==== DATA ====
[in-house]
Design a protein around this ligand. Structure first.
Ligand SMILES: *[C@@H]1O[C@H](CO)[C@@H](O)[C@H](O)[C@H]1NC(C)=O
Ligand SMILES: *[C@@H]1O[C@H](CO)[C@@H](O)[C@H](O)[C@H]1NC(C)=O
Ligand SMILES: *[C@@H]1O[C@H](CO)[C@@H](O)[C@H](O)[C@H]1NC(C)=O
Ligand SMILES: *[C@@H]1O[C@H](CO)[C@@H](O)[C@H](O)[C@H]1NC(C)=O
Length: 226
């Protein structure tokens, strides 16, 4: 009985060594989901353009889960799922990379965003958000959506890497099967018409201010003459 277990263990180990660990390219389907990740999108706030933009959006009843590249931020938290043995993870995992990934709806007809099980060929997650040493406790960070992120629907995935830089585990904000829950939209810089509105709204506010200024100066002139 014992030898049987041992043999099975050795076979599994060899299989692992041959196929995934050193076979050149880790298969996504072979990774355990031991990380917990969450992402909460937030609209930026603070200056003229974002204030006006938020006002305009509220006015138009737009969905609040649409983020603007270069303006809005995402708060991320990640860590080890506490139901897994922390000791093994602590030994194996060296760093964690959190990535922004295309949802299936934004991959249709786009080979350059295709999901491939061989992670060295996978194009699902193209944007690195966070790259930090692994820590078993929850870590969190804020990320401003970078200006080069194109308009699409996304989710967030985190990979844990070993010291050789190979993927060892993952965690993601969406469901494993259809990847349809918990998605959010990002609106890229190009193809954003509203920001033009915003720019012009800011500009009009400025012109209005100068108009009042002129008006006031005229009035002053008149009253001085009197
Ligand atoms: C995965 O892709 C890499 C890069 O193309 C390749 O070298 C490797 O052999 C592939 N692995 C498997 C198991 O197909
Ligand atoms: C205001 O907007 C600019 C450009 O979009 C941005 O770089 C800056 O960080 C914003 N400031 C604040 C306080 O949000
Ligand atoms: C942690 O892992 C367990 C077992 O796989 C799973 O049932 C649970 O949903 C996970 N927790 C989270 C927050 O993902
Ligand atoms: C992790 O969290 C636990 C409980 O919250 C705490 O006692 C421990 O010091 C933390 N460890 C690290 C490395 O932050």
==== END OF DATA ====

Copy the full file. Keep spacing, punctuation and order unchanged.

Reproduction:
[in-house]
Design a protein around this ligand. Structure first.
Ligand SMILES: *[C@@H]1O[C@H](CO)[C@@H](O)[C@H](O)[C@H]1NC(C)=O
Ligand SMILES: *[C@@H]1O[C@H](CO)[C@@H](O)[C@H](O)[C@H]1NC(C)=O
Ligand SMILES: *[C@@H]1O[C@H](CO)[C@@H](O)[C@H](O)[C@H]1NC(C)=O
Ligand SMILES: *[C@@H]1O[C@H](CO)[C@@H](O)[C@H](O)[C@H]1NC(C)=O
Length: 226
């Protein structure tokens, strides 16, 4: 009985060594989901353009889960799922990379965003958000959506890497099967018409201010003459 277990263990180990660990390219389907990740999108706030933009959006009843590249931020938290043995993870995992990934709806007809099980060929997650040493406790960070992120629907995935830089585990904000829950939209810089509105709204506010200024100066002139 014992030898049987041992043999099975050795076979599994060899299989692992041959196929995934050193076979050149880790298969996504072979990774355990031991990380917990969450992402909460937030609209930026603070200056003229974002204030006006938020006002305009509220006015138009737009969905609040649409983020603007270069303006809005995402708060991320990640860590080890506490139901897994922390000791093994602590030994194996060296760093964690959190990535922004295309949802299936934004991959249709786009080979350059295709999901491939061989992670060295996978194009699902193209944007690195966070790259930090692994820590078993929850870590969190804020990320401003970078200006080069194109308009699409996304989710967030985190990979844990070993010291050789190979993927060892993952965690993601969406469901494993259809990847349809918990998605959010990002609106890229190009193809954003509203920001033009915003720019012009800011500009009009400025012109209005100068108009009042002129008006006031005229009035002053008149009253001085009197
Ligand atoms: C995965 O892709 C890499 C890069 O193309 C390749 O070298 C490797 O052999 C592939 N692995 C498997 C198991 O197909
Ligand atoms: C205001 O907007 C600019 C450009 O979009 C941005 O770089 C800056 O960080 C914003 N400031 C604040 C306080 O949000
Ligand atoms: C942690 O892992 C367990 C077992 O796989 C799973 O049932 C649970 O949903 C996970 N927790 C989270 C927050 O993902
Ligand atoms: C992790 O969290 C636990 C409980 O919250 C705490 O006692 C421990 O010091 C933390 N460890 C690290 C490395 O932050």